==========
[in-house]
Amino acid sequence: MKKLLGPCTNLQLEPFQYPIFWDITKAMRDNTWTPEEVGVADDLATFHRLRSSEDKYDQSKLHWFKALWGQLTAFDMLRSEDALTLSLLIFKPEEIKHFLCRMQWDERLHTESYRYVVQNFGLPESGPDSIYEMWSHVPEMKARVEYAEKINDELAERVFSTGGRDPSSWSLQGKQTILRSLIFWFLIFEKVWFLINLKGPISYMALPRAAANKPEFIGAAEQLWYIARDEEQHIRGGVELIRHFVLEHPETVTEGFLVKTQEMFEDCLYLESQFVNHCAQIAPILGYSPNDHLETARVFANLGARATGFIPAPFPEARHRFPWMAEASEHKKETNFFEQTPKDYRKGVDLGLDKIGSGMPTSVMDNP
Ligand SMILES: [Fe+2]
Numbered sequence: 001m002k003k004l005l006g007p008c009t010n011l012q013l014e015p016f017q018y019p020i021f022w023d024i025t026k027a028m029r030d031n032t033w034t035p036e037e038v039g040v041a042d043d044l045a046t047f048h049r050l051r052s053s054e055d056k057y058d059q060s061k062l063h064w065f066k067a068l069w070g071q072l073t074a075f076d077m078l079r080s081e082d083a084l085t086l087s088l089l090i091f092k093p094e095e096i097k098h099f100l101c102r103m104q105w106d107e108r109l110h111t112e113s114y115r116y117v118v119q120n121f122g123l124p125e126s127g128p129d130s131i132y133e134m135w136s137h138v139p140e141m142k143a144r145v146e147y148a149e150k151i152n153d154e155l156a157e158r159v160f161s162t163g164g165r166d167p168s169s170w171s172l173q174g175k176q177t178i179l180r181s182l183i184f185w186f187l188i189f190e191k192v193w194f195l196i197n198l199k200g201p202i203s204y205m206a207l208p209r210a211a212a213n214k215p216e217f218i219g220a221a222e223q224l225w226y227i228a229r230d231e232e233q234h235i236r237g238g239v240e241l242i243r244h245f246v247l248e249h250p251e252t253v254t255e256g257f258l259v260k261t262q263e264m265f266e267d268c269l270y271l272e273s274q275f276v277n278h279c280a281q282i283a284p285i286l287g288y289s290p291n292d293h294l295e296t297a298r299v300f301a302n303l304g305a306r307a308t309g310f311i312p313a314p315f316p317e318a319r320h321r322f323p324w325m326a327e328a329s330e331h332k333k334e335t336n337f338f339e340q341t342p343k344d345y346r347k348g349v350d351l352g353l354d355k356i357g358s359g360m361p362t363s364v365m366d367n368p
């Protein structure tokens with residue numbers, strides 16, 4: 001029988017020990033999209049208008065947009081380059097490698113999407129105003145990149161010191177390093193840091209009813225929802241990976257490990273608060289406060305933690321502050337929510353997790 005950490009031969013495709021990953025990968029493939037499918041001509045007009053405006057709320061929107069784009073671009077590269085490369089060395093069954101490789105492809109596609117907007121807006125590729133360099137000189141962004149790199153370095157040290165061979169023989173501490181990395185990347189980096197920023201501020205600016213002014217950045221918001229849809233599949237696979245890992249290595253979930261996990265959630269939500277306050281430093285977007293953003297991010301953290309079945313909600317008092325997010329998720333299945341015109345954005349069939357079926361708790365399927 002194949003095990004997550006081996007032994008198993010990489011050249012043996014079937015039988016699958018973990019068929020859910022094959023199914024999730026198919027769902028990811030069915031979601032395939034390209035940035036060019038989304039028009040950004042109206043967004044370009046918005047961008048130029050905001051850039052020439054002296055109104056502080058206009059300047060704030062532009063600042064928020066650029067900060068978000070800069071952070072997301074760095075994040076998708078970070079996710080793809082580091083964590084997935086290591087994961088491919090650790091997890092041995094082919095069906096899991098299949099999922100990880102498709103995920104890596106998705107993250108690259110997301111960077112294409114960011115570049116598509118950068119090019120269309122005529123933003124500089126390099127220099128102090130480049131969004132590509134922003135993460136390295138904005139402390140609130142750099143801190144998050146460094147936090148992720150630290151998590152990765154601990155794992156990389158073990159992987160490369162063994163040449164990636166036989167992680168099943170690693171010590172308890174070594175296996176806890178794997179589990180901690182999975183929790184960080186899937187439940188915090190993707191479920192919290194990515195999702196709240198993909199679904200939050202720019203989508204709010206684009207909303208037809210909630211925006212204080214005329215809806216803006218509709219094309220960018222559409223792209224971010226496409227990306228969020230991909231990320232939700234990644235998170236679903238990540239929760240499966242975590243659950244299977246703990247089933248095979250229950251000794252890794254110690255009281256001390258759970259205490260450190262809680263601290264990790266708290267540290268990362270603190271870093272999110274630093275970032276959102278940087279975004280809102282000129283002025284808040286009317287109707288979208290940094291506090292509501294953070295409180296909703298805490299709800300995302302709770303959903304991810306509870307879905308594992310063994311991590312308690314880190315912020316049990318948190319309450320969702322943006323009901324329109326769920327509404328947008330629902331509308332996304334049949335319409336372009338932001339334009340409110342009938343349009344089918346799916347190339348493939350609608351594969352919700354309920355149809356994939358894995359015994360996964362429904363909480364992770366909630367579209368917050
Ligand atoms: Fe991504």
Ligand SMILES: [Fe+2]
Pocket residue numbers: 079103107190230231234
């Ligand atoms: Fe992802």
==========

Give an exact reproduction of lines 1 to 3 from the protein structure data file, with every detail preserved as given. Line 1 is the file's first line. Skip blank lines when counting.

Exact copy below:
[in-house]
Amino acid sequence: MKKLLGPCTNLQLEPFQYPIFWDITKAMRDNTWTPEEVGVADDLATFHRLRSSEDKYDQSKLHWFKALWGQLTAFDMLRSEDALTLSLLIFKPEEIKHFLCRMQWDERLHTESYRYVVQNFGLPESGPDSIYEMWSHVPEMKARVEYAEKINDELAERVFSTGGRDPSSWSLQGKQTILRSLIFWFLIFEKVWFLINLKGPISYMALPRAAANKPEFIGAAEQLWYIARDEEQHIRGGVELIRHFVLEHPETVTEGFLVKTQEMFEDCLYLESQFVNHCAQIAPILGYSPNDHLETARVFANLGARATGFIPAPFPEARHRFPWMAEASEHKKETNFFEQTPKDYRKGVDLGLDKIGSGMPTSVMDNP
Ligand SMILES: [Fe+2]